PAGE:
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What 21st Century Schools Can Learn From 24

Despite numerous accolades and killer ratings, I’d somehow missed the TV counter-terrorist boat. As of last summer, I’d sailed straight past the first six seasons of 24. Thanks to iTunes, I’ve been catching up, downloading season after thrilling season. Preposterous plotlines and torturous interrogations aside, 24 is highly entertaining and a pure adrenaline rush. Admit it, you’ve watched!

There are TV shows I want to keep watching, like The Office and Lost. But then there are TV shows I need to keep watching, shows like The Wire. Shows which are deeply gripping because they speak to big themes in compelling ways. So I was puzzled when 24 made the leap into my “need to watch” pantheon.

I pondered why I felt compelled to watch back-to-back-to-back episodes on my iPod? Did I secretly want to be a government agent? Was I amused by Kiefer’s comeback? Was it the “beep … BEEP … beep … BEEP” cadence that leads gasping viewers to commercials?

Upon reflection, I realize that as a principal of a tech-savvy, high-needs school, I can actually relate to Jack Bauer. Not because a work day involves espionage, violence and chaos. Okay, there is some chaos from time to time. Yet the real ah-hah moment was when I realized that Jack and his colleagues work in smart, effective ways that we can relate to at CIS 339. I truly believe that 21st century schools can learn lots from 24.


Here are some examples of quality practice employed by 24’s Counter Terrorist Unit (CTU):

1. CTU uses cross-functional teams with experts who specialize.

Counter-terrorist operations are carried out by folks with discrete expertise. They have a focused point person making key decisions, but there are also key role players. They have communications experts, weapons pros and scientists. When there’s an injury, a top-notch physician knows what to do in the medical area. Field teams assemble and deploy precisely. Everyone works together, and everyone knows their jobs. As important, everyone knows each other’s jobs and when to ask them for help. When Jack tells Chloe to rearrange the specs for the operation and uplink them to all of the field agents, he’s showing great delegation skills. He also is demonstrating his comfort with his teammates having the answers.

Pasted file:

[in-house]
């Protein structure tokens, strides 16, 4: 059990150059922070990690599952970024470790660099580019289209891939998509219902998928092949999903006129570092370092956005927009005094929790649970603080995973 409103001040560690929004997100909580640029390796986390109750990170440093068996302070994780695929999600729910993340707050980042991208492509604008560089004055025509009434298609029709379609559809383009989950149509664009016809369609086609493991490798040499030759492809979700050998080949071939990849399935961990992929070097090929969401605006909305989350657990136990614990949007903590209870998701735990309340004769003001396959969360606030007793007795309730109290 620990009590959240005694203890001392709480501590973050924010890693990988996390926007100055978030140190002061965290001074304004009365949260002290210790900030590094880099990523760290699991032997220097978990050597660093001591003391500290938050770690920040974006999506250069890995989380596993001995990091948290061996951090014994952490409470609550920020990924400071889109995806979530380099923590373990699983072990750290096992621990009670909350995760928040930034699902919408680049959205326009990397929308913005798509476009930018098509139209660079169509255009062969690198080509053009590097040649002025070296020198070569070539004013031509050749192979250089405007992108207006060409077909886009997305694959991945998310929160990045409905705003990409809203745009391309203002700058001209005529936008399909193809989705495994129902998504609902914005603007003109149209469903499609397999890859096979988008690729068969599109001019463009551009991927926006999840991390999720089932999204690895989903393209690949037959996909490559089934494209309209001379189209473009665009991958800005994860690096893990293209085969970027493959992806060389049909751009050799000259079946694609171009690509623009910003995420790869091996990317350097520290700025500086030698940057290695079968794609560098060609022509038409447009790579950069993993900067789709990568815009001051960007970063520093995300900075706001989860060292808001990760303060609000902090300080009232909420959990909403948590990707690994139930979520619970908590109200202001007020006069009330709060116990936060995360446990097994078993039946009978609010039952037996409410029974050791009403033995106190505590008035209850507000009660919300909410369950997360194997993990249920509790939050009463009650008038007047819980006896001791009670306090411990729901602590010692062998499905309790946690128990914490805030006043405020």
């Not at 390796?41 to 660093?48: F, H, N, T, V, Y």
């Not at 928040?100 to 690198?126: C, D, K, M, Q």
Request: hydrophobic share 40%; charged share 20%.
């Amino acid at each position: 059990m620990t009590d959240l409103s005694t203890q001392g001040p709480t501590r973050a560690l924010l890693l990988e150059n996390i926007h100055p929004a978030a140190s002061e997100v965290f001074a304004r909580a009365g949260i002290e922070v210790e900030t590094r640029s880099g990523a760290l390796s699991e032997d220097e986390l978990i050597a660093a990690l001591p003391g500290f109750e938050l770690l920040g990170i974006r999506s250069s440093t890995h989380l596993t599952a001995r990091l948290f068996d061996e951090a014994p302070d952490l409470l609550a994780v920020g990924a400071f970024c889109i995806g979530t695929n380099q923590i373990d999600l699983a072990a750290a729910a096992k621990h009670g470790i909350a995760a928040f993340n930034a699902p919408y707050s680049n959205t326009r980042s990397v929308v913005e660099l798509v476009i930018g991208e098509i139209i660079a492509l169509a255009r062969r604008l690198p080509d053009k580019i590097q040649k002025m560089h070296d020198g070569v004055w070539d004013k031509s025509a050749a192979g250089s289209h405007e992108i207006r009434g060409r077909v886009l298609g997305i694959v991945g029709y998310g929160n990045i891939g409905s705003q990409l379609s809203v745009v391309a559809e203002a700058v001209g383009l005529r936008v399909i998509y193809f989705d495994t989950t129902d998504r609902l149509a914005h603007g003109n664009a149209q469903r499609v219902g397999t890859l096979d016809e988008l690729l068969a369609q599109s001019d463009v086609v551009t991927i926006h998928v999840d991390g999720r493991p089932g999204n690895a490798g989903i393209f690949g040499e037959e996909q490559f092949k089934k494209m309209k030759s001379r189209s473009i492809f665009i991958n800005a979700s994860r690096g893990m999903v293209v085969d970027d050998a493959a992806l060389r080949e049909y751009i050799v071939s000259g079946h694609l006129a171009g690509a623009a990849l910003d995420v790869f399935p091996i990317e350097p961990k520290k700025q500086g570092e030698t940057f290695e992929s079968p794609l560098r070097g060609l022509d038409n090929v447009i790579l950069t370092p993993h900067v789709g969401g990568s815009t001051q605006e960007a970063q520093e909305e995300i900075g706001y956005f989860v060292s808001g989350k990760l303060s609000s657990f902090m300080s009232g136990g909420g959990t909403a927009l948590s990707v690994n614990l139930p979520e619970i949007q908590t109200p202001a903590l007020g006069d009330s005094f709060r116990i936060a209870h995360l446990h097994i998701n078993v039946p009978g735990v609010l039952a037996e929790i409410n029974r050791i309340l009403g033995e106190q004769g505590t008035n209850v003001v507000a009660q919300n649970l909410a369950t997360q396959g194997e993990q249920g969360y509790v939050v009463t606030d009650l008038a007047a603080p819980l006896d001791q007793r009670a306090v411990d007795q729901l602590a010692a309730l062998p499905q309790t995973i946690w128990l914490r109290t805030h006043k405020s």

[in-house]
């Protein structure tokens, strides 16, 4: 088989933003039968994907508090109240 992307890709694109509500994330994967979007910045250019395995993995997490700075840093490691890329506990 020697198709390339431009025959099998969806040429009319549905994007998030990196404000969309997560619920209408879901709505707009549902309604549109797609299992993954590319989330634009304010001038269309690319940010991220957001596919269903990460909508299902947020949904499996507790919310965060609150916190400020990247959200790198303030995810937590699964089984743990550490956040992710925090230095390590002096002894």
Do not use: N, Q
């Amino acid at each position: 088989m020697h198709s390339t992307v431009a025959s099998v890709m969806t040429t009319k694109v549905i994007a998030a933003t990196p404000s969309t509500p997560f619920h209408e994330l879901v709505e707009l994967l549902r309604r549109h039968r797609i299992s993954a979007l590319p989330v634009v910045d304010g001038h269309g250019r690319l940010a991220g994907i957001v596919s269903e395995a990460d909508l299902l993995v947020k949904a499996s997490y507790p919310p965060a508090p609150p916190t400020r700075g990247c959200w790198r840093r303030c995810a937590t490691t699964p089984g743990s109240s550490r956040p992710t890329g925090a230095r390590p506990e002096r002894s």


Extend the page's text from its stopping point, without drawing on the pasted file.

2. CTU enjoys state-of-the-art technology and impressive tech support.

You’ll never hear someone at CTU say “the Internet is down” or “how do you turn this thing on?” They have the coolest gadgets, toys and equipment–and they know how and when to deploy their tech tools. It seems like they only hire the best candidates from a Cal Tech / MIT short list. For CTU, technology isn’t just anoption, it’s the option. Can you imagine Edgar saying, “Jack, I’ve decided that we’re going to track the cannisters of chemical gas using US mail”? Neither can I. We would never tolerate our government agencies saying “enough with techhnology! We’re just going with pen and paper this year.” So why would we ever allow our schools to ‘decide’ whether to integrate technology?

3. CTU values real-time transparency.

CTU agents share the same terminology at the workplace. They use consistent language and they collaborate using real-time information. When Tony Almeida barks “Send the schematic of the power plant to my screen now!” you know that a) he means business and b) transparency is an important value. When Jack doesn’t have video surveilance working , he instructs Chloe to upload satellite still images to his PDA every 15 seconds. This is excellent real-time intformation sharing in practice. Schools need to do a better job with this, and current tools that exist in Google Apps (as an example) make this possible.

4. CTU agents over-communicate.

Many jokes have been made about the duration of Jack Bauer’s cell phone battery. Clearly, 24 serves as product placement for whatever model he’s saving democracy with. However, the bigger picture is that Jack and his CTU friends are modeling the practice of “over-communicating.” They spell out exactly what they need from each other, providing rationales and details. Sure, we know why Jack is asking for stuff–we saw the last scene. But the person on the other end of the phone doesn’t. And when you’re saving the world, you can’t leave anything to chance. At schools, information sharing is critical, and all too often, over-communication is rare.


Whether CTU agents utilize cutting-edge technology or real-time information sharing, they aren’t just saving America. They’re offering up some serious models for how we can make school teams faster and smarter, as we make our work even more transparent. I’m betting that schools which employ these techniques will quickly join 24 on “need to watch” lists.

About our First Person series:

First Person is where Chalkbeat features personal essays by educators, students, parents, and others trying to improve public education. Read our submission guidelines here.

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